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As I stood in the courtyard of Jackson State Prison in Georgia yesterday holding a prayer vigil for Troy Anthony Davis, I, like so many others held out hope for some sort of miracle. In the exact location where I joined Troy’s mother in 2008 when we received such a miracle 90 minutes before his scheduled execution, perhaps I was too optimistic in believing that similar action could take place and justice would prevail. Despite the fact that there was a last minute delay in Troy’s execution last night that sent jubilation throughout the crowd, all of us collectively watched as he was eventually put to death. This time, even with an expansive global movement to save his life, the miracle unfortunately never arrived. Ever since I was first introduced to the Troy Davis case several years ago, I have been perplexed as to how a man was convicted based solely on eyewitness statements and without any physical evidence. No weapon, no DNA and no proof other than the fact that some people stated he committed the alleged crime. But what makes Troy’s case an utter travesty in our legal system is the fact that 7 out of these 9 witnesses have since recanted their testimony and many said that they were coerced or pressured into pointing the finger at Troy. And yet, he was still executed last night. One of the two remaining witnesses who did not recant his/her testimony was a man by the name of Sylvester ‘Redd’ Coles — another suspect in this case. And yet, Troy was still executed last night. A female witness even stated that she was threatened by Coles if she came forward, and yet Troy was still executed last night. Everyone from former President Jimmy Carter and Archbishop Desmond Tutu to former prison wardens and conservatives who are pro-death penalty pushed for a stay in this man’s death penalty, and yet Troy was still executed last night. I will be traveling to Washington, D.C. to meet with the Justice Department to push for a federal law that prohibits any state from prosecuting a capital case based solely on eyewitness testimony. Nowhere in America should an individual be executed again without any concrete physical evidence. And at this time, as we mourn the loss of Troy, we must continue to move as well — to mourn without moving only compounds this most egregious injustice. Although it may be very difficult, especially for those that knew Troy and those that fought on his behalf for years, we all must push forward and ensure that his death was not in vain. A federal law is absolutely necessary, and whether one is pro-death penalty or anti-death penalty like myself, we need to set the bar to where concrete evidence must be required before taking a person’s life. For those of us who were pushing for a stay in Troy’s execution, do not let anyone paint you as against the family of the slain police officer in this case, Mark MacPhail — for that is the furthest thing from the truth. Our deepest sympathies go out to the MacPhail family, and because they too deserve justice, a re-examination of this case was essential in order to truly determine who was culpable. That’s all Troy Davis asked for; a chance to halt his execution and receive a fair day in court. But tragically, that opportunity was diminished last night. As I left Georgia yesterday to return to NY, I was consumed in the irony that so many heads of state were gathered at the UN and heard the U.S. stress the importance of human rights while we simultaneously executed this man. What did they think as they turned on the news, read the papers and watched how we behaved? In order to preach and advocate for rule of law and civil/human rights, we must first rectify our own miscarriages of justice at home. Troy Davis died at the age of 42, after spending 22 years behind bars. As we know all too well, those with money and the ability to hire high-powered attorneys receive the best defense and fighting chance in court. Imagine if one day you woke up and someone accused you of murder and you were then sentenced to death for it. That’s pretty much what happened to Troy. Based solely on eyewitness testimony that is almost unanimously recanted, a man’s life was cut short last night. If laws are designed to protect us and establish a humane society, we must rectify them so that this sort of injustice never happens again. Mourn we must, but we must continue to move. Carry on the fighting spirit of Troy Davis who till his last breath, proclaimed his innocence.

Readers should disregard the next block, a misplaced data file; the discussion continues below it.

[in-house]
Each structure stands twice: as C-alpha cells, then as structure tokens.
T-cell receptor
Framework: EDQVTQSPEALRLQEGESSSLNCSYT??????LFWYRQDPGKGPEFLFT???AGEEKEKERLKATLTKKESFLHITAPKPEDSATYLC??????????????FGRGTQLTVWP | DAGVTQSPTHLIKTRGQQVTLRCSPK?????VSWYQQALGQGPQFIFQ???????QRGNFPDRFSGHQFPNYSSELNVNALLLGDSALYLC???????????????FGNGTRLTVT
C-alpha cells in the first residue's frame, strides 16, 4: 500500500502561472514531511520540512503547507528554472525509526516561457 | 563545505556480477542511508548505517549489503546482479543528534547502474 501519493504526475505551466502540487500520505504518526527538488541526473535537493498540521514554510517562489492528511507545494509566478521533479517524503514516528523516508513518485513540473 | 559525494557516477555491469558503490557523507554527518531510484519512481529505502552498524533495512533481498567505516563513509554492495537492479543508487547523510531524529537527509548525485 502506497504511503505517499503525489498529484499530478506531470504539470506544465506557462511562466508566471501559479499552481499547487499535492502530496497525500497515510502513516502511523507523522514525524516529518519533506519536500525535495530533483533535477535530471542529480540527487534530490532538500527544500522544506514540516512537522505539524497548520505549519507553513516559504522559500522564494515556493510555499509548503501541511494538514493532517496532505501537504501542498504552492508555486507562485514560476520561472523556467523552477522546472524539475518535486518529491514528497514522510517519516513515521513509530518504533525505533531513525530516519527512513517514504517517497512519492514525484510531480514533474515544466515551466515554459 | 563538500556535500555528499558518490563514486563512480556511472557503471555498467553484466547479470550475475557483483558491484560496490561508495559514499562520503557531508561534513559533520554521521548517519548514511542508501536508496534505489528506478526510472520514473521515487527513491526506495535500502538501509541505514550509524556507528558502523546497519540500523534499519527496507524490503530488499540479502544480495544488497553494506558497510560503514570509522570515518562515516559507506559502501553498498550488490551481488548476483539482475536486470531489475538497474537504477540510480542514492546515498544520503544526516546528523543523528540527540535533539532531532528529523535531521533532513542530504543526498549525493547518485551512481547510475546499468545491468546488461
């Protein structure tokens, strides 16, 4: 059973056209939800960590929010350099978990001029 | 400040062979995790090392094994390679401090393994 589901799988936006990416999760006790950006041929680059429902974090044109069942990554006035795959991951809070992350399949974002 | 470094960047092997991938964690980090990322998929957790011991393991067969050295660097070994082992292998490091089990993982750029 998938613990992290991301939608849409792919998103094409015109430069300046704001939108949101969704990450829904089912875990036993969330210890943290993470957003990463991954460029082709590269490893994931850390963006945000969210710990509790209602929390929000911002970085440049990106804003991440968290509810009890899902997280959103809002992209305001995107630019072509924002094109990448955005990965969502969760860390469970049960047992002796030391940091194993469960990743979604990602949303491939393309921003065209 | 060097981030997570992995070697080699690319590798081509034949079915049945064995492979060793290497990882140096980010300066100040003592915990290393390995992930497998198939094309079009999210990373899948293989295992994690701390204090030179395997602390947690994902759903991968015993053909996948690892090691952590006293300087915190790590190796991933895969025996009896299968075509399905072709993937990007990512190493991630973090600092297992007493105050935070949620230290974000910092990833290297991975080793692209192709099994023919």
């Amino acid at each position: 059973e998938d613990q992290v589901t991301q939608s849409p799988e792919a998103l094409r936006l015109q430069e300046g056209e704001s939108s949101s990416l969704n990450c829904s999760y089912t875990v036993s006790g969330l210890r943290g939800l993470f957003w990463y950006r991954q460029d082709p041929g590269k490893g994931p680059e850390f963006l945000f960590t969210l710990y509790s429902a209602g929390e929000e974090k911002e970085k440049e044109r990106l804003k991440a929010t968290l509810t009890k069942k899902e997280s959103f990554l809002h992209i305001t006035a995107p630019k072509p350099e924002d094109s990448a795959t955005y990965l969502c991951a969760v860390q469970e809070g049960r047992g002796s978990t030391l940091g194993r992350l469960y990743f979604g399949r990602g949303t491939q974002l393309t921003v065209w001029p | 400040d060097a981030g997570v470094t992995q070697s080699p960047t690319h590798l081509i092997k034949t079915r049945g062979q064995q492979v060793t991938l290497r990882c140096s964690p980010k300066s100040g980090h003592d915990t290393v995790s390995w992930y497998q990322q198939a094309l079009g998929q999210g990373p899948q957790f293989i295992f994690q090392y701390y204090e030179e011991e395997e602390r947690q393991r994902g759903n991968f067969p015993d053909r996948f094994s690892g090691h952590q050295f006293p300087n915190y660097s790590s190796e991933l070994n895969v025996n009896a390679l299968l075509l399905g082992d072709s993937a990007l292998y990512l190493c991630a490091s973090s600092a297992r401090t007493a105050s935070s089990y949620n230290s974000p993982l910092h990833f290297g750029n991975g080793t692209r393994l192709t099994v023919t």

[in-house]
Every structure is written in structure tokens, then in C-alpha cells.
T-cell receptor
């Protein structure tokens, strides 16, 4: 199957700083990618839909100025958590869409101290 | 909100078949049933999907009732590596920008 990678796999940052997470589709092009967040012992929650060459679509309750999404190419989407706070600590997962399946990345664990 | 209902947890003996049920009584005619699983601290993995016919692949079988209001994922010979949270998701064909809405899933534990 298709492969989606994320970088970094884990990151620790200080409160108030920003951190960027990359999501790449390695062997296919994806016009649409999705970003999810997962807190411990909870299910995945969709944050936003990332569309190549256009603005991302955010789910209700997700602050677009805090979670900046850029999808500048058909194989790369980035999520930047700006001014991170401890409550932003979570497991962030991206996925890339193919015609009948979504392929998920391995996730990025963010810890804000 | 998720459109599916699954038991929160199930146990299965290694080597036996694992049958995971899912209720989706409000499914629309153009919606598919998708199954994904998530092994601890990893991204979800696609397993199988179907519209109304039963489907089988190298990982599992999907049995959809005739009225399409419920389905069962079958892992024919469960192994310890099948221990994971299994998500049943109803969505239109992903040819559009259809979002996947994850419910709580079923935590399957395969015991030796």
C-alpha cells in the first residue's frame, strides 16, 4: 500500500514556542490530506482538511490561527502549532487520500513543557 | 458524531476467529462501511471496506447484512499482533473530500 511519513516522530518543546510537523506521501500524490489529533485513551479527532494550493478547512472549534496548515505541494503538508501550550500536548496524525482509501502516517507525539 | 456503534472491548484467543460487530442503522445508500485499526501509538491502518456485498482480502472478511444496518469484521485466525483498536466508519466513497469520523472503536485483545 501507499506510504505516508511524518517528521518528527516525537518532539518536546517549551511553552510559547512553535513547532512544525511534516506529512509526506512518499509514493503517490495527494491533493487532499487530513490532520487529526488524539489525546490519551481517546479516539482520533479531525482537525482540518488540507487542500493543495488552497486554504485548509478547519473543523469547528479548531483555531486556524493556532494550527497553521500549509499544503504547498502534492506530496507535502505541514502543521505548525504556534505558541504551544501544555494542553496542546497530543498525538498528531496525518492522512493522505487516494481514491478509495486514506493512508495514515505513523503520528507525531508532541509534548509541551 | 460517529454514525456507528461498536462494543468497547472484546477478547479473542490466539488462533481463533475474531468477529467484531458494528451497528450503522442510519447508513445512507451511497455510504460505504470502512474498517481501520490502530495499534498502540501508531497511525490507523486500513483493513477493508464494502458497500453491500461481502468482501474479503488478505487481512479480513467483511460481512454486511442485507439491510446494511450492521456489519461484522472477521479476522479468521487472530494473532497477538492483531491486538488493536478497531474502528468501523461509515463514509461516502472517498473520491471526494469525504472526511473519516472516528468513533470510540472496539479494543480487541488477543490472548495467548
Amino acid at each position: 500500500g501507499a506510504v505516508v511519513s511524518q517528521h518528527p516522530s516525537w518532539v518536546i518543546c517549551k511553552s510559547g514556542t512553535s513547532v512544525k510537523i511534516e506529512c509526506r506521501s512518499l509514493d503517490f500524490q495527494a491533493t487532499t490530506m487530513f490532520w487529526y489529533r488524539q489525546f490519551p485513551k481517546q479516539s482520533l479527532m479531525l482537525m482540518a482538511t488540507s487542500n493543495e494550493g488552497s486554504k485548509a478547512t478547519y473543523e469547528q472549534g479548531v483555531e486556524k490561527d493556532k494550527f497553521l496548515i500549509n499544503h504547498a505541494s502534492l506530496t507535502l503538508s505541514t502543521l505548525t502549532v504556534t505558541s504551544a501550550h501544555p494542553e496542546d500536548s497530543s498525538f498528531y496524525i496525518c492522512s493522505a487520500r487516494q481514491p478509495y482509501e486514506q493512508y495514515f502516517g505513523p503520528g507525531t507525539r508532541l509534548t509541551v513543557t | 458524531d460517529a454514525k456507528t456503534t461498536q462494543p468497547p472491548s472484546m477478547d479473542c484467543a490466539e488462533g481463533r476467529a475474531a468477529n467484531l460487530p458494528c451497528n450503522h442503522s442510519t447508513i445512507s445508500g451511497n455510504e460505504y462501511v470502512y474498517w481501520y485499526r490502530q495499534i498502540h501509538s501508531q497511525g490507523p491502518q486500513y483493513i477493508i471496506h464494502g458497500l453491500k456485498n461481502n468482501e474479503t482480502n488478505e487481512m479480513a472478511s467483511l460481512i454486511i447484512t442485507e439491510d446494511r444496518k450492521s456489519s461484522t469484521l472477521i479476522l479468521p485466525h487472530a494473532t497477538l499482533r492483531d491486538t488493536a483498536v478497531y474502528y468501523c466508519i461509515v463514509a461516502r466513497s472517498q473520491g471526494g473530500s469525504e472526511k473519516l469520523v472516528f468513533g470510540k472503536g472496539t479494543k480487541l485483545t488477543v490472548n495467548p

Forty years ago this week, about 1,000 NY State troopers â€“ under the direction of then Gov. Nelson A. Rockefeller â€“ stormed the Attica prison upstate and shot 39 people to death, 29 inmates and 10 guards. Firing at will, the troopers were ordered to quell an uprising after prisoners staged a four-day protest against overcrowding, inadequate medical care, terrible living conditions and more. In newly released recordings between Rockefeller and President Nixon, the brutality of the troopersâ€™ response, the indiscriminate manner in which they killed people and the lack of negotiations prior to the shooting, all point towards one thing: race. Forty years later, the disregard for Black life is as prevalent as the days of the Attica uprising, for we are still seen as less than human. â€˜Tell me, are these primarily Blacks that youâ€™re dealing with?â€ asked Nixon in these tapes according to the NY Times. â€œOh yes, the whole thing was lead by the Blacks,â€ was Rockefellerâ€™s reply. The Blacksâ€™ were Atticaâ€™s prison inmates, while security guards at the institution were all white. Even though Nixon knew this conversation was being recorded (Rockefeller didnâ€™t), he urged the governor to stand firm and not give in to any of the prisonersâ€™ demands. Without any attempt at negotiating, intervening, looking into the inmatesâ€™ concerns or even visiting the prison, Rockefeller responded with a rash of violence that cost the lives of 10 of their own. And at first, he and other governmental entities tried to pin the deaths of these guards on the inmates themselves, until evidence later proved that the troopers were to blame. Today, when many elected officials continue to see us as â€˜the Blacksâ€™ the outrageous epidemic of violence remains unaddressed and unresolved. As a vocal advocate against the inexcusable rise in gun usage and violence within Black and Latino neighborhoods, I was livid after nearly 100 people were shot in one weekend here in NY. And because we are losing our young left and right to this sort of senseless killing all across the country, the National Action Network works daily to address the root causes of the problem and calls on everyone to hold themselves accountable. But while taking personal responsibility and saving ourselves is integral, we cannot eradicate the problem entirely without greater assistance from those in office. If white kids or suburban kids were dropping in such high numbers, would our elected officials be so silent? If 18-year-old Tayshana Murphy (ranked on an ESPN website as the nationâ€™s 16th best basketball point guard in her class) who was tragically shot in the head by thugs were white, would the search for her murderers make daily national news as we have seen in the cases of many other missing or killed women? And if wealthy constituents started to see their daughters and sons murdered on a continual basis, do you really think such little action would be taken to address the problem? We sent a notice to Gov. Cuomo here in New York urging him to work with grassroots organizations to seek solutions to this dire calamity â€“ and we finally received some word. Although his office has responded, there is still not enough rapid action taking place to resolve the state of emergency we are in. Forty years ago, Black life was often seen as inferior and therefore our issues were completely ignored. Sadly today, young Black life in particular is still viewed in the same manner and as a result, our representatives donâ€™t care what happens to â€˜the Blacks.â€™ But if we have any hope for the next generation, itâ€™s time to force them to pay attention; no more silence. RELATED: Time for Black journalists to stop criticizing Rev. Al Sharpton An open letter to NY Gov Andrew Cuomo